Ryan Newhouse's picture

Pairing Barbecue with Smoked Beer

Pairing Barbecue with Smoked Beer

A famed painter on television made a career touting, “We don't make mistakes, just happy little accidents.” The origin of smoked beers has been recorded as an accident, but it took several hundred years before the style, and resulting beers, made most beer drinkers happy. As smoked beer styles advanced it did not take long to realize their compatibility with other smoked goods – specifically barbecue. Today, pairing barbecue with smoked beer has become a match made in heaven.

Smoked beers, known originally as Rauchbier (German for “smoked beer”), started in Bamberg, Franconia, Germany in the early 15th century. Two breweries there, Schlenkerla and Spezial, were founded in 1405 and 1536, respectively. Today these two breweries still exist and produce Rauchbier in the old way: drying malt over an open fire.

Unlike the Sumerians and ancient Egyptians who lived in arid places where drying could be done via the sun, in Bamberg brewers needed to create a heat source, hence making fire. Early materials used for drying malted barley included straw, a variety of woods and even coal. As wood became scarce in 16th century Europe, burning straw became the norm, as coal was heavily taxed (and incredibly impure). Beechwood was always used and is still the preferred wood today, with both aforementioned Bamberg breweries using it exclusively for their malting process. For drying their barley, these breweries will smoke the grains for 18-22 hours until ready.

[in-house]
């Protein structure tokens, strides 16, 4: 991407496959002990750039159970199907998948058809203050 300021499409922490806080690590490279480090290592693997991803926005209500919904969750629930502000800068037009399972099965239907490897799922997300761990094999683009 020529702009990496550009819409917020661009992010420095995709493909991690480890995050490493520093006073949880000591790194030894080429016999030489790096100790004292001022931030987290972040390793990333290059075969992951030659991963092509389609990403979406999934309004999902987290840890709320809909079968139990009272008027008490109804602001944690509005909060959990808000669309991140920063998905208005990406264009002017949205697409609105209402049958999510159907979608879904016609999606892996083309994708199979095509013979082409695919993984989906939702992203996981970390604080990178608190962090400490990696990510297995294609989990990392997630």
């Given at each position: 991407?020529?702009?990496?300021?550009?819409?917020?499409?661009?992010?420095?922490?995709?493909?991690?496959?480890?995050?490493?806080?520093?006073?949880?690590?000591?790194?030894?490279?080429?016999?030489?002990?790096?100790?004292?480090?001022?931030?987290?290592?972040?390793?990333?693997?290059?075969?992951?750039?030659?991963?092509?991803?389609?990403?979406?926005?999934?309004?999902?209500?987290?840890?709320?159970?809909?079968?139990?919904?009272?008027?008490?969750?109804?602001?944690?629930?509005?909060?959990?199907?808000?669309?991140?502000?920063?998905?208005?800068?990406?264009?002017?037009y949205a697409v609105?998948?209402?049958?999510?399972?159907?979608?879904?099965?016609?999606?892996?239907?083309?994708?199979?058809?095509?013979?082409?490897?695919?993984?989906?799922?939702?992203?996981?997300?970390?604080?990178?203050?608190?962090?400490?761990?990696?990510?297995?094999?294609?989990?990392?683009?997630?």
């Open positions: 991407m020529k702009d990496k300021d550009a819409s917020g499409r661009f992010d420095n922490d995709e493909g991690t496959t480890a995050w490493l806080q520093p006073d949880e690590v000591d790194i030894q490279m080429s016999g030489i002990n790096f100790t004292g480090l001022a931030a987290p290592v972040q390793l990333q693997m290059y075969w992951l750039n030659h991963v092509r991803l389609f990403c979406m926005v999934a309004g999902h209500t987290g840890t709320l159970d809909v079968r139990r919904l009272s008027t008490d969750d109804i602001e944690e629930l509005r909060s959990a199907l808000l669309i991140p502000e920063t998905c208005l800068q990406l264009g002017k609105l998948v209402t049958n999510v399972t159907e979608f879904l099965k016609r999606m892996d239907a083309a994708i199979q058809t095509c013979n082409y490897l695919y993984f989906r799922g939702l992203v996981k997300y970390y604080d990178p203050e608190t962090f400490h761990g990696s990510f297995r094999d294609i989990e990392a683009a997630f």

In those early days of fire-drying, and along with the problems of inconsistency of sourcing materials and unpredictability of temperature control, Daniel Wheeler came along to change the game entirely. He invented an innovative device for kilning and roasting malt, which he patented in 1818. This British engineer offered brewers a way to remove smoke from heat, as well as moisture from malted barley. Nearly anything could be used as a fuel source and the temperature could be controlled. Why would anyone want smoked beers anymore?

As illustrated by creative, modern-day brewers, it seems that smoked beers are still relevant. Add to that the ever-evolving emphasis on beer and food pairings, and it could be argued that smoked beers are a secret ingredient for powerful pairings, especially when it comes to pairing smoked beers with barbecue.


Bottle of Aecht Schlenkerla Weizen by Brauerei Heller Bamberg

Smoked beers, known originally as Rauchbier (German for “smoked beer”), started in Bamberg, Franconia, Germany in the early 15th century. Two breweries there, Schlenkerla and Spezial, were founded in 1405 and 1536, respectively. 


To understand what smoked beers are, here are the Overall Impressions and Commercial Examples from three entries in the 2015 BJCP Guidelines:

Rauchbier

Overall Impression: An elegant, malty German amber lager with a balanced, complementary beechwood smoke character. Toasty-rich malt in aroma and flavor, restrained bitterness, low to high smoke flavor, clean fermentation profile, and an attenuated finish are characteristic.